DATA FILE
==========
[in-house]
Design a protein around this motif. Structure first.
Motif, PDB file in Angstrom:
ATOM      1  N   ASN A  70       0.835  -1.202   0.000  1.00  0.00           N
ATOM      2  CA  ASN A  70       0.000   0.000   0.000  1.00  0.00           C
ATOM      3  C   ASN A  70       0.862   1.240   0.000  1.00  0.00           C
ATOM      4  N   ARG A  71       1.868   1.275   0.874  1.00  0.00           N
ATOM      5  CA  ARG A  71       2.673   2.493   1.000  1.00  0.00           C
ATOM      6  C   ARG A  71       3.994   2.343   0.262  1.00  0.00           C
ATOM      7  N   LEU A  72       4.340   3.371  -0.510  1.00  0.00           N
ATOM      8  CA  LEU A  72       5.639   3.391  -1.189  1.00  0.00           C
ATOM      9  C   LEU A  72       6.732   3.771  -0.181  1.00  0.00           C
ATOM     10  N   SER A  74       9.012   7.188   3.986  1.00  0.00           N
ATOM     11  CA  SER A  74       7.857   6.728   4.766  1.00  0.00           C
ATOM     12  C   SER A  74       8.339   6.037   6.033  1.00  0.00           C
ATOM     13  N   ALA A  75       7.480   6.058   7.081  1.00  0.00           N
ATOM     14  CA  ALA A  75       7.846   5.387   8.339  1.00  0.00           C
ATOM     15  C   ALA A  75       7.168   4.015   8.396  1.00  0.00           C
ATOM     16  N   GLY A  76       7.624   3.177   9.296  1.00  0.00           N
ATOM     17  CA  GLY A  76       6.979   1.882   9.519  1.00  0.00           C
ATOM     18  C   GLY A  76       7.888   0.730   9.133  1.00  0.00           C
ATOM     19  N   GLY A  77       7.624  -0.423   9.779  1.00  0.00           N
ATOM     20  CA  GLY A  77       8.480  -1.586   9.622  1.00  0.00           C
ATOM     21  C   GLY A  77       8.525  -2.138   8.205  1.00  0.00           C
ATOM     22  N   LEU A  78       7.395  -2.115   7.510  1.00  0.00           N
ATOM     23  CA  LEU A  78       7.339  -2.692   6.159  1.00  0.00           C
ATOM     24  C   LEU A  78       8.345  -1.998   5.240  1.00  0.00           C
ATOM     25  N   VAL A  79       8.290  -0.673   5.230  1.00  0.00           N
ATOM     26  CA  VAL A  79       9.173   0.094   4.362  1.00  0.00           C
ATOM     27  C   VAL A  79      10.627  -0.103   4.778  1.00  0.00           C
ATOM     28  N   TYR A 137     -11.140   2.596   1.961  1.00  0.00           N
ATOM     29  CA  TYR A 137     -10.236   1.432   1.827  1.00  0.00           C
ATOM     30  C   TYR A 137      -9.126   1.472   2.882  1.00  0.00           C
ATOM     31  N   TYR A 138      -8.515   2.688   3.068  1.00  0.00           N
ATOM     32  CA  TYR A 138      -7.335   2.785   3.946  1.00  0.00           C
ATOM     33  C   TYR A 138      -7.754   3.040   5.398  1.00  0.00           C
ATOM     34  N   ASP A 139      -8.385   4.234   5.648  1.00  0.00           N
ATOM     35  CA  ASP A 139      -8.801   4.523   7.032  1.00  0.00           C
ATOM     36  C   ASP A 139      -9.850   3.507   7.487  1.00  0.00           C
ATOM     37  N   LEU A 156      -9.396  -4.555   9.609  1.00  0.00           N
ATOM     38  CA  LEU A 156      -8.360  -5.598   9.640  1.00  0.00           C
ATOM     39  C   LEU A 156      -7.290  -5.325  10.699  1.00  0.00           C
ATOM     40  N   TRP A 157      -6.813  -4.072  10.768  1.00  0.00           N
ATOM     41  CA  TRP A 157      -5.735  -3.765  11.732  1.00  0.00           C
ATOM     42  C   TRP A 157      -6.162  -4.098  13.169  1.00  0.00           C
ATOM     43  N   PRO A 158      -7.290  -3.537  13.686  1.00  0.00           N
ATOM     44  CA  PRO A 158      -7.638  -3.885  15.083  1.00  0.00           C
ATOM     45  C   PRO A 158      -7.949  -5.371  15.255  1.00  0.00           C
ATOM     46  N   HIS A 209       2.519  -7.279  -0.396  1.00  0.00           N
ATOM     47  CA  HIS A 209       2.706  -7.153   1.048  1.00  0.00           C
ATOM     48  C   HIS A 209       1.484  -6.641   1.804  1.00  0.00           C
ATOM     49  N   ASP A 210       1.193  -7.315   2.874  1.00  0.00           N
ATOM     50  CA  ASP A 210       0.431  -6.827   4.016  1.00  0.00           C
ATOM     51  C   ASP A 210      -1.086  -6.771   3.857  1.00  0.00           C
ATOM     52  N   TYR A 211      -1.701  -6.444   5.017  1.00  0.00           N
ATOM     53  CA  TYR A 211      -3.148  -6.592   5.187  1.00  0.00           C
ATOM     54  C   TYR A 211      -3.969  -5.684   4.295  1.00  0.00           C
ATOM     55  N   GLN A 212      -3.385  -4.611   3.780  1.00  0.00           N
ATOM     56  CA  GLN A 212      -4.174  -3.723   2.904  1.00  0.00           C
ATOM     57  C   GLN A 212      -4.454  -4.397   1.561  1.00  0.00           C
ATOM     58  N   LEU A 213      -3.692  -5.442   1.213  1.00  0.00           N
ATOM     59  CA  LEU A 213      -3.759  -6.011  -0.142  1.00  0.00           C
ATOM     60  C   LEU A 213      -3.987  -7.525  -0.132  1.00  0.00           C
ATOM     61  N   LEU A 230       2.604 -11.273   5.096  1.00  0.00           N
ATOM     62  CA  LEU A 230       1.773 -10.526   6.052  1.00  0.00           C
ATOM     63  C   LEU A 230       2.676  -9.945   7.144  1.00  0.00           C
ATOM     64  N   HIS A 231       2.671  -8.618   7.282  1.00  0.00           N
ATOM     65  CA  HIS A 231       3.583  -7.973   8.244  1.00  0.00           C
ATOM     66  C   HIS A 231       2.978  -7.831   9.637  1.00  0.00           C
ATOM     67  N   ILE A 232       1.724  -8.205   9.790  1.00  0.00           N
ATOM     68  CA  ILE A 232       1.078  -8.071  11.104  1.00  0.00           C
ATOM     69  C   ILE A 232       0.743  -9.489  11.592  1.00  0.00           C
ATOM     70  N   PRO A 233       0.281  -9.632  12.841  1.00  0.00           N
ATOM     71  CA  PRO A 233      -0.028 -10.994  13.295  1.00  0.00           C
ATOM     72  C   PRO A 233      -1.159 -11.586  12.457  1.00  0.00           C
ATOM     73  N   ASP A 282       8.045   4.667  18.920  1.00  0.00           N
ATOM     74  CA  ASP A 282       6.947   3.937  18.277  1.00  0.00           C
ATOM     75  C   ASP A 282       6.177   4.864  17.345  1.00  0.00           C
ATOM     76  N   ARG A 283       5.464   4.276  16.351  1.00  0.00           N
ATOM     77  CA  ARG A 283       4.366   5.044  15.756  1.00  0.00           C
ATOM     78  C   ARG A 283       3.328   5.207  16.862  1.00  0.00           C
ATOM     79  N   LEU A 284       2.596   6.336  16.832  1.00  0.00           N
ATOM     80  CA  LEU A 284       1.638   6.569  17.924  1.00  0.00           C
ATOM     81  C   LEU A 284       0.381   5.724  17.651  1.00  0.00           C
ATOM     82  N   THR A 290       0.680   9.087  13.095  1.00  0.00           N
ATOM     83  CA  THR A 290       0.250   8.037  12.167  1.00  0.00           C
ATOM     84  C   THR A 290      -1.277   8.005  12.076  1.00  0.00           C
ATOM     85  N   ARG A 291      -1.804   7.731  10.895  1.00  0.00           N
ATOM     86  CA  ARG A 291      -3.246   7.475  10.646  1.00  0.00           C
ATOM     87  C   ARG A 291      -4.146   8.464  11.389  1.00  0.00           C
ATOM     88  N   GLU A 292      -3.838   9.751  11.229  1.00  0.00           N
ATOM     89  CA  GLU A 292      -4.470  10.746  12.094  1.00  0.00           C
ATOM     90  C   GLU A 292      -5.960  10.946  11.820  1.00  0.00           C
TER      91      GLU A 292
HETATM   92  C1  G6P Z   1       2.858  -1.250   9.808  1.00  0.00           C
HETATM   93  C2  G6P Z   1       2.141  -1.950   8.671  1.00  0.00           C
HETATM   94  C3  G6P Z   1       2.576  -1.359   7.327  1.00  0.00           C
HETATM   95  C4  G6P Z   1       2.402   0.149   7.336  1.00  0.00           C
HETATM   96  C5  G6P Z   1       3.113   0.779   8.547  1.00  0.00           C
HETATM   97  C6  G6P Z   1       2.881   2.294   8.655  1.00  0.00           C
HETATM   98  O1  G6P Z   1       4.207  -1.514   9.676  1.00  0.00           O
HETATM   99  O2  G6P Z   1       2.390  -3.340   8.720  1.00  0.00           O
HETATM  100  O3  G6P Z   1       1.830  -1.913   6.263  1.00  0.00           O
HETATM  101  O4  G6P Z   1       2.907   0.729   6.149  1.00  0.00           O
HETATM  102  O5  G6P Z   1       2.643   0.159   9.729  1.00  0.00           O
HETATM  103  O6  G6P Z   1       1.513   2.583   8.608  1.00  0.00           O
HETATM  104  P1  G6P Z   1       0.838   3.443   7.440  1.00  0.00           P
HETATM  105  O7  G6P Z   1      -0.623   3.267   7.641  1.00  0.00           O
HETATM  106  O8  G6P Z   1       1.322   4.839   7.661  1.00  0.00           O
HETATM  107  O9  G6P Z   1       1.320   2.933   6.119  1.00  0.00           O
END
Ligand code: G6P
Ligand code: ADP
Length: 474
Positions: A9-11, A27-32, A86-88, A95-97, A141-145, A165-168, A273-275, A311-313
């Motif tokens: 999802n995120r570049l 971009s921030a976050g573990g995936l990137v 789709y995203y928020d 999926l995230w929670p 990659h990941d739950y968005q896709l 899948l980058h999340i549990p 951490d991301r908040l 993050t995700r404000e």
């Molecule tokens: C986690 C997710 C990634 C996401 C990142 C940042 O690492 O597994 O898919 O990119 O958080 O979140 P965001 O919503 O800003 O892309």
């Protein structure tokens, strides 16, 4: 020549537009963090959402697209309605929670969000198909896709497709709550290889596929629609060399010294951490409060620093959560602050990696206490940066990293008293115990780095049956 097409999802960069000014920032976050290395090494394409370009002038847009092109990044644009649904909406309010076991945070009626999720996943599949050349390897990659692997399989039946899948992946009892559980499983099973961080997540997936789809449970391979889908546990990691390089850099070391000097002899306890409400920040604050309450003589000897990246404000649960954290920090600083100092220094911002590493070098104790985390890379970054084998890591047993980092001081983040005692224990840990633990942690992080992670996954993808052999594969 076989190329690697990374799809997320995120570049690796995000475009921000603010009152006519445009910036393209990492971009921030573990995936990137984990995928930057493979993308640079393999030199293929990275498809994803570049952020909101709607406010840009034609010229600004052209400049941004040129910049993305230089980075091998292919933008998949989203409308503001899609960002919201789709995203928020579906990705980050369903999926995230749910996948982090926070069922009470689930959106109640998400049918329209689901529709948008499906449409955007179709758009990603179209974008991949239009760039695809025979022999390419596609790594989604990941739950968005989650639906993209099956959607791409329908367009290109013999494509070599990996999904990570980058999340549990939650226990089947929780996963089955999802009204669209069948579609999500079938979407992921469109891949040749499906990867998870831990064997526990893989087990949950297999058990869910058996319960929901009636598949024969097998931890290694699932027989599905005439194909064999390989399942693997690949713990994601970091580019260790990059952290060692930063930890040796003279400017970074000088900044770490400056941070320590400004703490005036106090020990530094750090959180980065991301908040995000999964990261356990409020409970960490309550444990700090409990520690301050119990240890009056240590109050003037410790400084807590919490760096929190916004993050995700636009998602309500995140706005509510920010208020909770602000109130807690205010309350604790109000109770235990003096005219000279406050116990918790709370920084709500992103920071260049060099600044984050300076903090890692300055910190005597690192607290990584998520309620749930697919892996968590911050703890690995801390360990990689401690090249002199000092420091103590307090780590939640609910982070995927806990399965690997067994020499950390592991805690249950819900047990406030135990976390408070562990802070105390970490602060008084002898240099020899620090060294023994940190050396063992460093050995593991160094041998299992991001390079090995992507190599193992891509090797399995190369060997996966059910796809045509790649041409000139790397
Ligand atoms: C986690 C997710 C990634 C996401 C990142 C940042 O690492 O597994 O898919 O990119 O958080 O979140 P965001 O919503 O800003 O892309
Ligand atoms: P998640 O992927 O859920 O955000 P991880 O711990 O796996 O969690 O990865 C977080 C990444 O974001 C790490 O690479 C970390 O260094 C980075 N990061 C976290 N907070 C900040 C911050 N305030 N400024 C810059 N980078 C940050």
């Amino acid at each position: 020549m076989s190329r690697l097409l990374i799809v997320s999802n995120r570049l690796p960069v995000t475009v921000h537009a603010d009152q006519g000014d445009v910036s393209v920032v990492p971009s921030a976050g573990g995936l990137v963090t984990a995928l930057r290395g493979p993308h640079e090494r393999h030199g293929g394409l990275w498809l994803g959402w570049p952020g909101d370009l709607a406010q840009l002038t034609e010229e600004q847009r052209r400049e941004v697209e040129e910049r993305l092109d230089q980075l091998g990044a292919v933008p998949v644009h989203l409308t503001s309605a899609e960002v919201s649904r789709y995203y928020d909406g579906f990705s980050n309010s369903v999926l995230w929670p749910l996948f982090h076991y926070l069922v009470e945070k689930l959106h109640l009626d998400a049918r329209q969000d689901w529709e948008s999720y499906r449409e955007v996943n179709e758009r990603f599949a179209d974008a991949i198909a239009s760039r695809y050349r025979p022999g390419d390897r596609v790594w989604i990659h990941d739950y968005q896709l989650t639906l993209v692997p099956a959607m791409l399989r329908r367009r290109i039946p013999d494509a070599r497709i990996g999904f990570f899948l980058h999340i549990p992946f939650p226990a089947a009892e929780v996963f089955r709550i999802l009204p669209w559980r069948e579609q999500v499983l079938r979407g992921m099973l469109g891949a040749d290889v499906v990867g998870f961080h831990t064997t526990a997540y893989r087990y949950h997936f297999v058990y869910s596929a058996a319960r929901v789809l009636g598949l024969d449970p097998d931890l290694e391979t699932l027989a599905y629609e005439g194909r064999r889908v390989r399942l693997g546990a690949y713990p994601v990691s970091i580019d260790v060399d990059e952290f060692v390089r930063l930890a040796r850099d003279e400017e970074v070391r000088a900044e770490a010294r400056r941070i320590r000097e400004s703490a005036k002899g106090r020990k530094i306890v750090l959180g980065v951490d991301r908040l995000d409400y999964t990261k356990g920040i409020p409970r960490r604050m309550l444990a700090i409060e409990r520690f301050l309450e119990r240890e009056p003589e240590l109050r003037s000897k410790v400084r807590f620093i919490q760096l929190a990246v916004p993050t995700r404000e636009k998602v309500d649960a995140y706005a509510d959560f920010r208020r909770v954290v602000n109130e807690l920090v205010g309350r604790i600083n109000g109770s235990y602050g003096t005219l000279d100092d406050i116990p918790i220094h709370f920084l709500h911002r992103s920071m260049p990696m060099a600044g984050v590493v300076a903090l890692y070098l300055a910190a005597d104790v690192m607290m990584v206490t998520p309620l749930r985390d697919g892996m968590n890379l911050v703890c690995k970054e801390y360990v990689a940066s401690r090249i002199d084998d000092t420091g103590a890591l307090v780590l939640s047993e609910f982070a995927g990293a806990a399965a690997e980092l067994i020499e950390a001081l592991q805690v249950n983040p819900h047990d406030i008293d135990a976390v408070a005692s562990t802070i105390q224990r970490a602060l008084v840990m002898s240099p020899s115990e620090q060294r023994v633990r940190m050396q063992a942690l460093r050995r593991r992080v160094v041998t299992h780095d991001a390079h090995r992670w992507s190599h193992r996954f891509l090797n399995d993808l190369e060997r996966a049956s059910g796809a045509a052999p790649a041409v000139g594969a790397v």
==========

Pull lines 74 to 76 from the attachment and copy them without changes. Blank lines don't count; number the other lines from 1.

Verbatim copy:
ATOM     71  CA  PRO A 233      -0.028 -10.994  13.295  1.00  0.00           C
ATOM     72  C   PRO A 233      -1.159 -11.586  12.457  1.00  0.00           C
ATOM     73  N   ASP A 282       8.045   4.667  18.920  1.00  0.00           N